Martin Spolc, the European Commission’s Directorate-General for Financial Stability, Financial Services and Capital Markets Union (FISMA), and Morgan Despres, of the Network for Greening the Financial System (NGFS), also lent their expertise to the sessions and presented the current state of play of their work.

NOTES TO EDITORS
About the UN Environment Programme (UNEP)

UNEP is the leading global voice on the environment. It provides leadership and encourages partnership in caring for the environment by inspiring, informing, and enabling nations and peoples to improve their quality of life without compromising that of future generations.

About the FC4S Network

The FC4S is a partnership between leading financial centres and the United Nations Environment Programme, which acts as its Convenor and Secretariat. The objective of the Network is to enable financial centres to exchange experience, drive convergence, and take action on shared priorities to accelerate the expansion of green and sustainable finance.

Mexico’s Green Finance Advisory Board joins FC4S

Mexico City, 31 July 2019 –Mexico’s Green Finance Advisory Board (CCFV) today joined the International Network of Financial Centres for Sustainability (FC4S) as it looks to help turn the Latin American nation into a regional green finance powerhouse.
The CCFV is the 28th member of the UN Environment Programme-convened movement to put private capital behind green investments. FC4S already boasts some of the world’s major financial centres as members.

“We are excited to have the opportunity to be part of the FC4S, and to work alongside them to reach our common goal to become a greener and more transparent financial system,” said Luis Sebastián Sayeg Seade, co-President of the CCFV and head of pension fund Afore Banamex.

“We are enthusiastic to become greener, because we know greener means challenging the status quo, while following global standards to improve every day. This benefits investors, the financial sector and, most importantly, local economies, the environment and the Mexican population.”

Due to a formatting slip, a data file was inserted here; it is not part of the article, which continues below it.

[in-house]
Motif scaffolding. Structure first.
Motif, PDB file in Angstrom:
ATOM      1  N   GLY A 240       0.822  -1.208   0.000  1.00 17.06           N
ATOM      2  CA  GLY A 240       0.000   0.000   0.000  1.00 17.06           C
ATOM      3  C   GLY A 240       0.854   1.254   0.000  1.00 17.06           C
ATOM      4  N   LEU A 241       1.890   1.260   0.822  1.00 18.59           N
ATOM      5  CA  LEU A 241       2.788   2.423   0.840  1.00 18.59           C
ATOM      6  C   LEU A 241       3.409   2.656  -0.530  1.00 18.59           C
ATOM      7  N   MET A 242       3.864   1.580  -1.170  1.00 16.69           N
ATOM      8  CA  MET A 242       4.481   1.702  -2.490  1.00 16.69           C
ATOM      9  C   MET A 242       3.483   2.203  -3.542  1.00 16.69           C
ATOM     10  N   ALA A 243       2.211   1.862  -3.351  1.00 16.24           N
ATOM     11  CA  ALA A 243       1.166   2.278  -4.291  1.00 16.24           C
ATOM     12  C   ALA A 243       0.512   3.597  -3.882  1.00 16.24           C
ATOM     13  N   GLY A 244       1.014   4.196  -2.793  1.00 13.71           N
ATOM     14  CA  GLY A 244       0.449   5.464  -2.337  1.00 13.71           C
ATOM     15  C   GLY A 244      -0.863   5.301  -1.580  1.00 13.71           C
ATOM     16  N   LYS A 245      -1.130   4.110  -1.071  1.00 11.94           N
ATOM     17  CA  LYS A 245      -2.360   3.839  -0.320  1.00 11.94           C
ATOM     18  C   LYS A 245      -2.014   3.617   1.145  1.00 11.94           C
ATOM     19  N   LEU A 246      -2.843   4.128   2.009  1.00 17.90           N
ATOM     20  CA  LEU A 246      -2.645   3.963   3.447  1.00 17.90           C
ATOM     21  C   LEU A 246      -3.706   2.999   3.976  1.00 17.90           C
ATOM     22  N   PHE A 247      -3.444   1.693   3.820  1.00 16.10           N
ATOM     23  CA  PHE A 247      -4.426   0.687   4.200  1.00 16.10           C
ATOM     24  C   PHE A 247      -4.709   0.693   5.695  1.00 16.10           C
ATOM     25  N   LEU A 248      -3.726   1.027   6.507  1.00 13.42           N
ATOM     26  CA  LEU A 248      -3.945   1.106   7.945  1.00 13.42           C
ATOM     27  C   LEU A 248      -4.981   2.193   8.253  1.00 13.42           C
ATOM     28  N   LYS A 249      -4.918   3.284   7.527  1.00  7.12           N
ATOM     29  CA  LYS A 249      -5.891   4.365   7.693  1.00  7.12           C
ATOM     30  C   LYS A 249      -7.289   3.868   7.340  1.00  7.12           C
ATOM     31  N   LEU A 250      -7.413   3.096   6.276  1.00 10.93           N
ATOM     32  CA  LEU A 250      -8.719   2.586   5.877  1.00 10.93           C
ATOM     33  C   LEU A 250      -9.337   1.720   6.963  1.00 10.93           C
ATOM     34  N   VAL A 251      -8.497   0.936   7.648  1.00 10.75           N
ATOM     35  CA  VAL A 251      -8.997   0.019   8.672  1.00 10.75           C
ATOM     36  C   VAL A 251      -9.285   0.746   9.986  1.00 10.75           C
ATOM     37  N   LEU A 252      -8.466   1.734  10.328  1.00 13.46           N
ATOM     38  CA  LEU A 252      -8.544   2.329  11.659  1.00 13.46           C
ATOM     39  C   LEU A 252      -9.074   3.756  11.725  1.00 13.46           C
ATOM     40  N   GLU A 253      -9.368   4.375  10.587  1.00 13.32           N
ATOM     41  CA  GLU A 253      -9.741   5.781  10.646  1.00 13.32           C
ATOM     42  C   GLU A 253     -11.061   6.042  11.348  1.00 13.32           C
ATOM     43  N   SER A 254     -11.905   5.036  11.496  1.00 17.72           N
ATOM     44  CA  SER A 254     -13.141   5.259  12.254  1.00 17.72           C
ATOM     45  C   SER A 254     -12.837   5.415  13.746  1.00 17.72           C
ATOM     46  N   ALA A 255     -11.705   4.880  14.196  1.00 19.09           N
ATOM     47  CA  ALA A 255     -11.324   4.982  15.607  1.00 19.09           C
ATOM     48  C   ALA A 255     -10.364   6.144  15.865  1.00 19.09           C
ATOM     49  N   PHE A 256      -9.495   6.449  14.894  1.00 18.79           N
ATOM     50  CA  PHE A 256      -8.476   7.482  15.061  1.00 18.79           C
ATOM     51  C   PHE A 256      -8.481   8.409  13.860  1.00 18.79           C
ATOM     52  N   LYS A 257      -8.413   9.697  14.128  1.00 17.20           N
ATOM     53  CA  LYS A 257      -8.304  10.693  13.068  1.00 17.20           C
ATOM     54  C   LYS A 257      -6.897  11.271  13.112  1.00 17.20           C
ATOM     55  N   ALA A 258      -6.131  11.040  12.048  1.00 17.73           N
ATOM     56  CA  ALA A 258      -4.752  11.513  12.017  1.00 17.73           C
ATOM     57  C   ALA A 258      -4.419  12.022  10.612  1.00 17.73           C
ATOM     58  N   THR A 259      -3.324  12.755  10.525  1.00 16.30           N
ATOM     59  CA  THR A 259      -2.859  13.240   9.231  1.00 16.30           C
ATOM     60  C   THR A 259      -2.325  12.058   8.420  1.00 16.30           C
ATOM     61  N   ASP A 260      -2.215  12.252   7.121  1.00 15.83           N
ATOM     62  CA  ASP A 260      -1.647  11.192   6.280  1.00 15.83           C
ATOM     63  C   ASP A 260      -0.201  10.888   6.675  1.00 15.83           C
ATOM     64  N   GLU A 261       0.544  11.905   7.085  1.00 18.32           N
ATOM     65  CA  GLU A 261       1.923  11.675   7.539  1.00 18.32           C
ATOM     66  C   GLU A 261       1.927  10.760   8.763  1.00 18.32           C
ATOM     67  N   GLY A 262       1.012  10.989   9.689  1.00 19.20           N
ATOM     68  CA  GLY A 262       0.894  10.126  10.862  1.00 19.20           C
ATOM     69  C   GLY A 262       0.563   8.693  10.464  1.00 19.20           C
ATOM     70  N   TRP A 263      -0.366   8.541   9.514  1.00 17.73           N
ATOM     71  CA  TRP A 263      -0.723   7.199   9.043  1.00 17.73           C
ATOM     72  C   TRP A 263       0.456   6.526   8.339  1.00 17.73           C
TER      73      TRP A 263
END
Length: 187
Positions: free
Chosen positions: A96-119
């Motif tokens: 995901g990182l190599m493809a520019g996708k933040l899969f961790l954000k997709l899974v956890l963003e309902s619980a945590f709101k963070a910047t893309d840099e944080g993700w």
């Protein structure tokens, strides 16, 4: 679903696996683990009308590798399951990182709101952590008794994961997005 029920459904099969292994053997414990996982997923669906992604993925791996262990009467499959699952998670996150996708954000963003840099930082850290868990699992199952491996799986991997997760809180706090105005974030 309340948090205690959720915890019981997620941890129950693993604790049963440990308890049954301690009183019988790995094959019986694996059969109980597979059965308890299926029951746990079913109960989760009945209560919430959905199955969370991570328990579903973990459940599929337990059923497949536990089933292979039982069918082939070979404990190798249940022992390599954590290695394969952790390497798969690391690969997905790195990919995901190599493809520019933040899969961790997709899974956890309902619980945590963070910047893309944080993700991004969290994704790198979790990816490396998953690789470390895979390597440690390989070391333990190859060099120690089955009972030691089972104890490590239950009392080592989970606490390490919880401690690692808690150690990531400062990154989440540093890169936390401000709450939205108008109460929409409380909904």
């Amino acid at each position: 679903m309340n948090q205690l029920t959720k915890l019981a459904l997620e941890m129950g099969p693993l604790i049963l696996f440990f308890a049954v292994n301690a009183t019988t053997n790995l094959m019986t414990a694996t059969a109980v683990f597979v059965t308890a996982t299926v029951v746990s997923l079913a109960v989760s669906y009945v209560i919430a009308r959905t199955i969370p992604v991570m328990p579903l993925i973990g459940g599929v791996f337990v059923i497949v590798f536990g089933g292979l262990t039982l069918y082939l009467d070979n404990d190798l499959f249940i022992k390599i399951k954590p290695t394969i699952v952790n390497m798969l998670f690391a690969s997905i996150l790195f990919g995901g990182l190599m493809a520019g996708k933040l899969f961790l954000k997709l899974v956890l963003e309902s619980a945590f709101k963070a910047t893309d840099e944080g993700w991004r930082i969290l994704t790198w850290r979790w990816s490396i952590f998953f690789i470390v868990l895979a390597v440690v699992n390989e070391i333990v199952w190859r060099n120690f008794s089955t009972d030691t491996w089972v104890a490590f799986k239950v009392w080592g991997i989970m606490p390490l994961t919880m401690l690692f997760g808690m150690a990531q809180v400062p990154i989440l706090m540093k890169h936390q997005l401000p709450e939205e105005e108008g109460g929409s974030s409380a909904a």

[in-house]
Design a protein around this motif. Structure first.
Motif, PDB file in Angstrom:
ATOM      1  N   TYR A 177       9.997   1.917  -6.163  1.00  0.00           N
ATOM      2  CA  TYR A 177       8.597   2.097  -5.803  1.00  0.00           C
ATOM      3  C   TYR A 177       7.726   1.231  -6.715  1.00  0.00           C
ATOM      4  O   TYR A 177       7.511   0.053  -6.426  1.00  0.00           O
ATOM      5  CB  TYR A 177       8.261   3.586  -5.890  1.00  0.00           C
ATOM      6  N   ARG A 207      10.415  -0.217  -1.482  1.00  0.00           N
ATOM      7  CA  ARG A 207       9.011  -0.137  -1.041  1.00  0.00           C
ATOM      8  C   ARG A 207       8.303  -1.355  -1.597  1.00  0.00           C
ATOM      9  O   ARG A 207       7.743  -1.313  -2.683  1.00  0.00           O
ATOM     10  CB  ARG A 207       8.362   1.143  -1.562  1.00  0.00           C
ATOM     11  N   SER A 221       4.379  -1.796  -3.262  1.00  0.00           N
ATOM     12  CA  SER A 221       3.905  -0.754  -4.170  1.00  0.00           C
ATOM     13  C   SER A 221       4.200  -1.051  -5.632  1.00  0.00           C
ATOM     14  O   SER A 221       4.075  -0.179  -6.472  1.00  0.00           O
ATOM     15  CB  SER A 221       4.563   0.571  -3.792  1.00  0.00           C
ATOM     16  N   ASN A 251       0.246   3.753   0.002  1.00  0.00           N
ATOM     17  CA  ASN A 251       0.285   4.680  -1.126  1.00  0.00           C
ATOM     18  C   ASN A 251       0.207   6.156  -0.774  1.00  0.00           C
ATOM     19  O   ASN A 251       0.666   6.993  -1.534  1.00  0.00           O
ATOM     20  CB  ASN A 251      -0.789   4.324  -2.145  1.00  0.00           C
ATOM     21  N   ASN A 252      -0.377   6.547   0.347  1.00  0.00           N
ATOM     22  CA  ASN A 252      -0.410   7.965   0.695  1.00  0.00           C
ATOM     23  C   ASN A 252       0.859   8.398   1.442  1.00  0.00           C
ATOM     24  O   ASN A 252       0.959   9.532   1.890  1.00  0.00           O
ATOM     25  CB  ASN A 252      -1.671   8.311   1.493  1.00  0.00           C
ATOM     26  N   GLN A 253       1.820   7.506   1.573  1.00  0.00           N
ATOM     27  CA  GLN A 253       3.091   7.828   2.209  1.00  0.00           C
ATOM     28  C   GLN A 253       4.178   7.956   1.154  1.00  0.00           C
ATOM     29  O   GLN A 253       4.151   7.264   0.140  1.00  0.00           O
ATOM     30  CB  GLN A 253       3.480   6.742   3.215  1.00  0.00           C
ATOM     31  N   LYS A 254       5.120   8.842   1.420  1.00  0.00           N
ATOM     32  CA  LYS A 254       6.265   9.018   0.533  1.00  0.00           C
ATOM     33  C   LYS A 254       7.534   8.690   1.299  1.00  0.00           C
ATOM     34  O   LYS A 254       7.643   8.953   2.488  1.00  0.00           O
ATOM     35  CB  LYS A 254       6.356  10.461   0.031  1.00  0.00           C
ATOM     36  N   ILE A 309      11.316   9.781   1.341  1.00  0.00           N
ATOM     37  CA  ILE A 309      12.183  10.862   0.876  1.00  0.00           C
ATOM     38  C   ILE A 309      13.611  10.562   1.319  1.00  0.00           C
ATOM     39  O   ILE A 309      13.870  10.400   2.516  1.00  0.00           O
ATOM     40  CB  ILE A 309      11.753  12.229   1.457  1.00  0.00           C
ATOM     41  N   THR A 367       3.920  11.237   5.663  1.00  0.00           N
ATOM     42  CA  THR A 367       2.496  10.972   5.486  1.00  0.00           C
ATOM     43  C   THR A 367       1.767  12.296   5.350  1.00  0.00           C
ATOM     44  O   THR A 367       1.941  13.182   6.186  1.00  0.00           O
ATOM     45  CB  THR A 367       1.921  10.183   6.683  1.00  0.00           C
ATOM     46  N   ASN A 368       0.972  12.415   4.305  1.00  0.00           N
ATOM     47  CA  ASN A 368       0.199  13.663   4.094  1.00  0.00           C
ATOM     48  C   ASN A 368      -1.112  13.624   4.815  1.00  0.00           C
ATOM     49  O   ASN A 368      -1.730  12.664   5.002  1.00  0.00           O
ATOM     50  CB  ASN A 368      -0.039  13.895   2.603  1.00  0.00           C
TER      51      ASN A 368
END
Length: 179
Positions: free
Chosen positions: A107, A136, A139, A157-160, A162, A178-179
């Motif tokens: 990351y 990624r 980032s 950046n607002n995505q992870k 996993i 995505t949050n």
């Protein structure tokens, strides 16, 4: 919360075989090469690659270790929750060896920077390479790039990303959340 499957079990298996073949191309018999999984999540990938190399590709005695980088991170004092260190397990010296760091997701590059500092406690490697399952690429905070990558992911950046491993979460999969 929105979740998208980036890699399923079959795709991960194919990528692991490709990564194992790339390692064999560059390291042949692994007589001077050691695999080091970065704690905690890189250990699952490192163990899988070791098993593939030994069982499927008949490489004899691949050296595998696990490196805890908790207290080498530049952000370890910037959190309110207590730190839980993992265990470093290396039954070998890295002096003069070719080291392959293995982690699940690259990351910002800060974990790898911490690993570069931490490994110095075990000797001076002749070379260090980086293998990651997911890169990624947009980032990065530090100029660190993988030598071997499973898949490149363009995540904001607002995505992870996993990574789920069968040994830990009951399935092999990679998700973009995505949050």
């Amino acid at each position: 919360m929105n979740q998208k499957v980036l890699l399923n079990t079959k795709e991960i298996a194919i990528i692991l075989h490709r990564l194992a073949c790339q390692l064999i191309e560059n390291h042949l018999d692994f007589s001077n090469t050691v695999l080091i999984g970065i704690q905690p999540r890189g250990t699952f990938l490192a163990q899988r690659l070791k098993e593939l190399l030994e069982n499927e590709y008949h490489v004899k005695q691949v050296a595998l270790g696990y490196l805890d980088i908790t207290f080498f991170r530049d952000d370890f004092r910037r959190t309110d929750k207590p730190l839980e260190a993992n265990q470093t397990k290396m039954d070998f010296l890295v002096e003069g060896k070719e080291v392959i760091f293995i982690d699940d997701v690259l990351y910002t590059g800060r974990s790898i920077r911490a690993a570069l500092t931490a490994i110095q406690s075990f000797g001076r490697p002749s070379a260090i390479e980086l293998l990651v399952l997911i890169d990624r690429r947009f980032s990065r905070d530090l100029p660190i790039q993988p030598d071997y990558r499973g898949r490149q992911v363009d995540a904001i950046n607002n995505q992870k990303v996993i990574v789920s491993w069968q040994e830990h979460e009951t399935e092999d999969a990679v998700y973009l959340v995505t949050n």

The advisory board, representing over 300 members, was created in 2016 in response to the growing need in Mexico to develop a sustainable financial market with an authentic long-term vision. The CCFV is particularly concerned about Mexico’s vulnerability to the impacts of climate change. Located between two oceans, it is exposed to storms and sea-level rise. The CCFV says 71 per cent of the country’s economy is vulnerable to climate-related disasters.

“The CCFV has brought together leaders that represent the financial system in order to share learning on how we can take action to manage and minimize climate and social risks,” said Enrique Ernesto Solórzano Palacio, co-President of the CCFV and pension fund manager Afore Sura CEO.

“We must work harder on taxonomies, improve data disclosure and the identification of sustainable and green infrastructure pipeline, and exercise pressure for the decarbonization of the companies that come to public markets to obtain funding.”

Beijing, Cairo, Lagos, Madrid and Tokyo have all recently joined FC4S in a surge of support for sustainable finance in line with growing global awareness of the urgent environmental challenges the planet faces.

The addition of the CCFV is particularly significant, given the size of the country’s economy. Mexico is currently ranked as the 15th largest world economy in terms of GDP, and 11th in terms of its purchasing power.
Since the Mexican Congress in 2012 approved the Climate Change General Law, green finance has been growing in Mexico. In 2015, national development bank NAFIN issued its first green bond – the first certified green bond in Latin America.

In 2016, with the formation of the CCFV, the pace picked up as the CCFV developed a green finance agenda – incorporating the financial system´s associations, development and multilateral banks, investment bankers, asset managers, rating agencies, and non-governmental organizations.

In 2017, Mexico City placed its first green bond, becoming the first Latin American City to obtain financing through this instrument. There have been other important advances and key signals to the market around green finance. For example, the National Commission of the Savings System for Retirement, the regulatory body of the Retirement Funds, encouraged the integration of ESG (Environmental, Social and Governance) concerns in investment decision-making. By December 2018, 51 institutional investors – who jointly manage USD 237 billion in assets, declared themselves in favor of the disclosure of ESG information in cooperation with the CCFV.

Less than a year after Mexico City’s first green bond, the Central Banks and Supervisors Network for Greening the Financial System (NGFS) was launched. This network is steered by Banco de Mexico, the Bank of England, the Banque de France and Autorité de Contrôle Prudentiel et de Résolution (ACPR), the Nederlandsche Bank, the Deutsche Bundesbank, Finansinspektionen (The Swedish FSA), the Monetary Authority of Singapore, the People’s Bank of China and Banco de España and has 42 members along with 8 observers.